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Drig Drishya Viveka – 15th Century CE Work On Advaita

Drig Drishya Viveka literally means discrimination between Drik (seer) and the Drishya (seen object). It is attributed to Vidyaranya (1400 CE) but another school of thought attributes it to Adi Shankaracharya.

Two commentaries on the work, one by Brahmananda Saraswati and another by Anandagiri are available. The 46 verses of the book have been translated into several languages.

The substance of the work is that the self is the witness-percipient of all experiences, sensory and mental alike, and everything else is the object for it. It is the unchanging pure consciousness. Mind gets the semblance of being conscious by the borrowed light from the self.

The work gives an account of maya with its two fold powers – concealing the truth and projecting the false. Because of these two powers, the world appears in creation with all the distinctions of the percipient and perceived.

Brahman, which is existence, consciousness and bliss, is the basis of the world-appearance, which is but a mere name and a form.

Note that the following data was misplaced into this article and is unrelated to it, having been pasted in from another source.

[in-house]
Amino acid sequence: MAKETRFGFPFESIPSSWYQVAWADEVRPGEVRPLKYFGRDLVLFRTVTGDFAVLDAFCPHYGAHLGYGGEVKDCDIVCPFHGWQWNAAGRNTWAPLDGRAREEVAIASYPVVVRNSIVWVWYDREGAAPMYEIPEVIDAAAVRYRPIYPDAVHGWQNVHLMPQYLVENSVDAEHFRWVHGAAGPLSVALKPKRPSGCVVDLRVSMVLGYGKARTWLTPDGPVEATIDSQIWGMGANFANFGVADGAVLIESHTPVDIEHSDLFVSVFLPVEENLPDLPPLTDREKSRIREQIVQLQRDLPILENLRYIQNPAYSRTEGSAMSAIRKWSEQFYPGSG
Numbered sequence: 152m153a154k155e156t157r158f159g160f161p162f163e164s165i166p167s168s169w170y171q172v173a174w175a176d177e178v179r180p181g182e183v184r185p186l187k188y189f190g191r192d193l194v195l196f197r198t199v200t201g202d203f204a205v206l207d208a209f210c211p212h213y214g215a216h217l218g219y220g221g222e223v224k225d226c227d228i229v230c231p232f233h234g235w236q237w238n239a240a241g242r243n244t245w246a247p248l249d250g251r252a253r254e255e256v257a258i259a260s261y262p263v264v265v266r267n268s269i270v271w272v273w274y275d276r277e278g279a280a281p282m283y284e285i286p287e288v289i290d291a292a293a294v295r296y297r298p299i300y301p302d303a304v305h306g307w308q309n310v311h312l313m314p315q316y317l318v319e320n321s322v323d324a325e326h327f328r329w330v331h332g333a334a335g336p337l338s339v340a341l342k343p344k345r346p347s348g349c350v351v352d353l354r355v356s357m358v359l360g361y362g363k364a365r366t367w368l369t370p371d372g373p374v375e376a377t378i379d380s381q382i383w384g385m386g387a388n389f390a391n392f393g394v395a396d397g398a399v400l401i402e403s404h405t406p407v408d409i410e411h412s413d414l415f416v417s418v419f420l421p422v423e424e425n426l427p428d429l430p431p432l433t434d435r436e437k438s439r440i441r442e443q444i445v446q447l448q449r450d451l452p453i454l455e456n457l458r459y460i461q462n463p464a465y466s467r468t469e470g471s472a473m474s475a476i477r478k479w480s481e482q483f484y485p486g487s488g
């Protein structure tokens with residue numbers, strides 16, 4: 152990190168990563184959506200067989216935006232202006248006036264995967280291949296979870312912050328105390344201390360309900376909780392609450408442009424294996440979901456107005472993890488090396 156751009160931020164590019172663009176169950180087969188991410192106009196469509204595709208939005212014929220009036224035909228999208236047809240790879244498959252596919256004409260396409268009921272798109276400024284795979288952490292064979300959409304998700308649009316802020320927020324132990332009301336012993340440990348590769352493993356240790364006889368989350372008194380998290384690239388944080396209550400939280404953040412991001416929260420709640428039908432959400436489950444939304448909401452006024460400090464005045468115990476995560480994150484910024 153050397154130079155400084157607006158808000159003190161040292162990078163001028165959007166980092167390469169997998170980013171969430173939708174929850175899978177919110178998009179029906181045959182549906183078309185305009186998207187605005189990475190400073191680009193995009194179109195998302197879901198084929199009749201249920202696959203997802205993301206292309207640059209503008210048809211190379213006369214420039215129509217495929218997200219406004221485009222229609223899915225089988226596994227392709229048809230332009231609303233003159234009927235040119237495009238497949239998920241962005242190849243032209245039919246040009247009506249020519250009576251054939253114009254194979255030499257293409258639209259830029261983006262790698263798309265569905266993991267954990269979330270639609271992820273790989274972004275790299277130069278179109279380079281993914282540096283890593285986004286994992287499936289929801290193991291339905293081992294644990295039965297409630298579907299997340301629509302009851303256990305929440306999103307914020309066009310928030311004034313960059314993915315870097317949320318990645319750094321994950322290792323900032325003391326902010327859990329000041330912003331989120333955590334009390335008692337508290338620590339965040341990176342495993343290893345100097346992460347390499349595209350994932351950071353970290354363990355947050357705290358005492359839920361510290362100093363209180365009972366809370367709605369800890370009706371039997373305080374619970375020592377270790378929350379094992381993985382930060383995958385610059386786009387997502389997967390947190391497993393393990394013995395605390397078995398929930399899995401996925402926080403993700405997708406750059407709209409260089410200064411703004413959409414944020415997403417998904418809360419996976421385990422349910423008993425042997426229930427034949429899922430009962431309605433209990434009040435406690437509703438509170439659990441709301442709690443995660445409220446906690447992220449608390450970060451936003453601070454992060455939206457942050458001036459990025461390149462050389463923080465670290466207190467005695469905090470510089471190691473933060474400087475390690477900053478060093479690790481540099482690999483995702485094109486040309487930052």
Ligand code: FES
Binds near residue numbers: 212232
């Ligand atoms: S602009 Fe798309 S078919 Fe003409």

The book also deals with different kinds of Samadhi (absorption) of the Self in reality.

Three kinds of jiva (individual soul) are distinguished

  • That which is limited by vital airs, mind, etc.
  • That which is reflected in the mind.
  • That which is imagined in a dream.

Of these the first one is the soul to be identified with reality after the limitation is removed. The other two are illusory projections and are not identifiable with Brahman (Reality).

Source - notes taken from Encyclopedia of Hinduism Volume III page 526 - Rupa - IHRF




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